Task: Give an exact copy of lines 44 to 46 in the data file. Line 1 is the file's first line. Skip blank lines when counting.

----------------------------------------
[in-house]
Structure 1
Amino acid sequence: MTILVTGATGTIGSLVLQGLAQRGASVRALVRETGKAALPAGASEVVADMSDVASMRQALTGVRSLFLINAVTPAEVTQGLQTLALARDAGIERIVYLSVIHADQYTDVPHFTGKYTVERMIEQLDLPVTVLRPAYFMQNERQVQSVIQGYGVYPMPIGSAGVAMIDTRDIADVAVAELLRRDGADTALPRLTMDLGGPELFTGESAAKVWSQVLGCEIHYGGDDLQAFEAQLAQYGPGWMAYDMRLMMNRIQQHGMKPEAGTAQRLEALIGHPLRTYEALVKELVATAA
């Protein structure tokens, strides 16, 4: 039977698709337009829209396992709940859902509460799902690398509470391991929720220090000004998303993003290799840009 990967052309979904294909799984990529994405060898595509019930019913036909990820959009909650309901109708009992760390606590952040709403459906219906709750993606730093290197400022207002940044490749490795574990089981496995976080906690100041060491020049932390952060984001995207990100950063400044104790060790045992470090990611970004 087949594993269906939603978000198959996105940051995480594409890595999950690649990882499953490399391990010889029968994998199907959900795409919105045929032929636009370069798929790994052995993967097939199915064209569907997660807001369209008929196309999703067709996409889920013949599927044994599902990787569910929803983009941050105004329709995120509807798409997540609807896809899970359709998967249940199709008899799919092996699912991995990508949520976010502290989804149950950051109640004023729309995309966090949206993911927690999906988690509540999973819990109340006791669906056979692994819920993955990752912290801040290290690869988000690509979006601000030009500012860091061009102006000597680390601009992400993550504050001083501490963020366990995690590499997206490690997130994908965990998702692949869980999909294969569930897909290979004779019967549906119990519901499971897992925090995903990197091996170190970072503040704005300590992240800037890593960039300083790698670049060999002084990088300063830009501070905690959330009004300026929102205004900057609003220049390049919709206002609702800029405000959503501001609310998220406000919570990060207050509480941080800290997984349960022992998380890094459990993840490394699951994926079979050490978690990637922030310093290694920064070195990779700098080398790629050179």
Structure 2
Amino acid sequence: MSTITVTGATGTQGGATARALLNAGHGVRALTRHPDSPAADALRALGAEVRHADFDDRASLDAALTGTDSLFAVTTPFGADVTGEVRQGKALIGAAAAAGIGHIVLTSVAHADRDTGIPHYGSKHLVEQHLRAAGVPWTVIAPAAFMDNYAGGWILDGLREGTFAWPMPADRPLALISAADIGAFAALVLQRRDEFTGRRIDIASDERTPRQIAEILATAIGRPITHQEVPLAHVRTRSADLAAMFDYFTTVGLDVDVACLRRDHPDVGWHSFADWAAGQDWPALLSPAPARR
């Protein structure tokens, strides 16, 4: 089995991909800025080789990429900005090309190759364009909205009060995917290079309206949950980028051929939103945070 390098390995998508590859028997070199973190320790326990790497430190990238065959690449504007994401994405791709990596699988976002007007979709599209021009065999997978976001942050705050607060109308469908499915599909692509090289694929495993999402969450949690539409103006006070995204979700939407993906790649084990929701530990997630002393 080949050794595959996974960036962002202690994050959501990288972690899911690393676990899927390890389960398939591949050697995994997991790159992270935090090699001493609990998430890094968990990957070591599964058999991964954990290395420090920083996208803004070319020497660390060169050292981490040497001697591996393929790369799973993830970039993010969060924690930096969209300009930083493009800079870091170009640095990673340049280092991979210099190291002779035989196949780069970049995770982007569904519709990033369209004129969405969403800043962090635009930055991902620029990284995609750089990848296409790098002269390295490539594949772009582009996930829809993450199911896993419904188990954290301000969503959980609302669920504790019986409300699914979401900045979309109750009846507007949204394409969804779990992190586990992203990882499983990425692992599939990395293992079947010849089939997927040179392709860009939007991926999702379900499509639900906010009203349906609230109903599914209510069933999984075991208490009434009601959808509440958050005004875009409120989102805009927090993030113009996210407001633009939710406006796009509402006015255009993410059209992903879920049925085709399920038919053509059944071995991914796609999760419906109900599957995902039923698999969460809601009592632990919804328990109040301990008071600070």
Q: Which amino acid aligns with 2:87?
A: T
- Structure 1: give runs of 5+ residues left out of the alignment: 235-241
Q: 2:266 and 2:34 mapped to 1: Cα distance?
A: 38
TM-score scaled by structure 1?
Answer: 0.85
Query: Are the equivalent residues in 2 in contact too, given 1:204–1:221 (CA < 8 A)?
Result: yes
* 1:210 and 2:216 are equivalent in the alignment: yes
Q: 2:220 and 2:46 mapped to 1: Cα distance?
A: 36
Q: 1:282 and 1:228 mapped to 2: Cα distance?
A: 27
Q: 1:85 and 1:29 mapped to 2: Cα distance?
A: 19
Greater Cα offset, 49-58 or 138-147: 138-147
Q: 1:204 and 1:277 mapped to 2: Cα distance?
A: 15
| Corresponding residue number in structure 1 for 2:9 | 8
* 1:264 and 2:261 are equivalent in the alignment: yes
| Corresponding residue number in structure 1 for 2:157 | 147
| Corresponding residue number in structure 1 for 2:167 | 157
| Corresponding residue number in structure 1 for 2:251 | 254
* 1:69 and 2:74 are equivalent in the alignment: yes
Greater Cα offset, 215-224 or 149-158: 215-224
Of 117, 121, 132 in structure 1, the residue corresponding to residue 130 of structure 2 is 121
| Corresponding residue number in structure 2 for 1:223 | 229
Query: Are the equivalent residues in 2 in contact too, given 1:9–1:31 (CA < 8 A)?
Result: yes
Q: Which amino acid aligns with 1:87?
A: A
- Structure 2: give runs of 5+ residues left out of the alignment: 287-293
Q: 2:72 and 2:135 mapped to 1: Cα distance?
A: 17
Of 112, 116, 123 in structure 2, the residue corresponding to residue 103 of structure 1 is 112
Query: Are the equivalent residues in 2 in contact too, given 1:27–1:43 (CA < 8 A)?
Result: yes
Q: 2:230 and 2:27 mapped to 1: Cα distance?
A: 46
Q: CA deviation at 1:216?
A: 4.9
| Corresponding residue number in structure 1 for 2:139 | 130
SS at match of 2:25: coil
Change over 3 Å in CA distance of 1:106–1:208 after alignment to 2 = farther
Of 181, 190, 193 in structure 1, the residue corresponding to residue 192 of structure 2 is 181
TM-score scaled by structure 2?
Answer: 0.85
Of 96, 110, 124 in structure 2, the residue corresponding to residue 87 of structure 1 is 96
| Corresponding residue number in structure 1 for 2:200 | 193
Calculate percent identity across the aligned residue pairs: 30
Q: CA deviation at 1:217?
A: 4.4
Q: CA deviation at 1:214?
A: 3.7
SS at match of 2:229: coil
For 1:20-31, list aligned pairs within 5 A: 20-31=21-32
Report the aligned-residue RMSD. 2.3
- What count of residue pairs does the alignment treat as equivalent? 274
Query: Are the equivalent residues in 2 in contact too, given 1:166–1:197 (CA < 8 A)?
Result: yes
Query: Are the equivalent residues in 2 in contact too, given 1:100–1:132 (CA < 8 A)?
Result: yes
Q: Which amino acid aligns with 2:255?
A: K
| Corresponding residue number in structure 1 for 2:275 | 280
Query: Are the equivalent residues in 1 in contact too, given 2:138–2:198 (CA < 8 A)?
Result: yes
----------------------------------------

Query: Are the equivalent residues in 2 in contact too, given 1:27–1:43 (CA < 8 A)?
Result: yes
Q: 2:230 and 2:27 mapped to 1: Cα distance?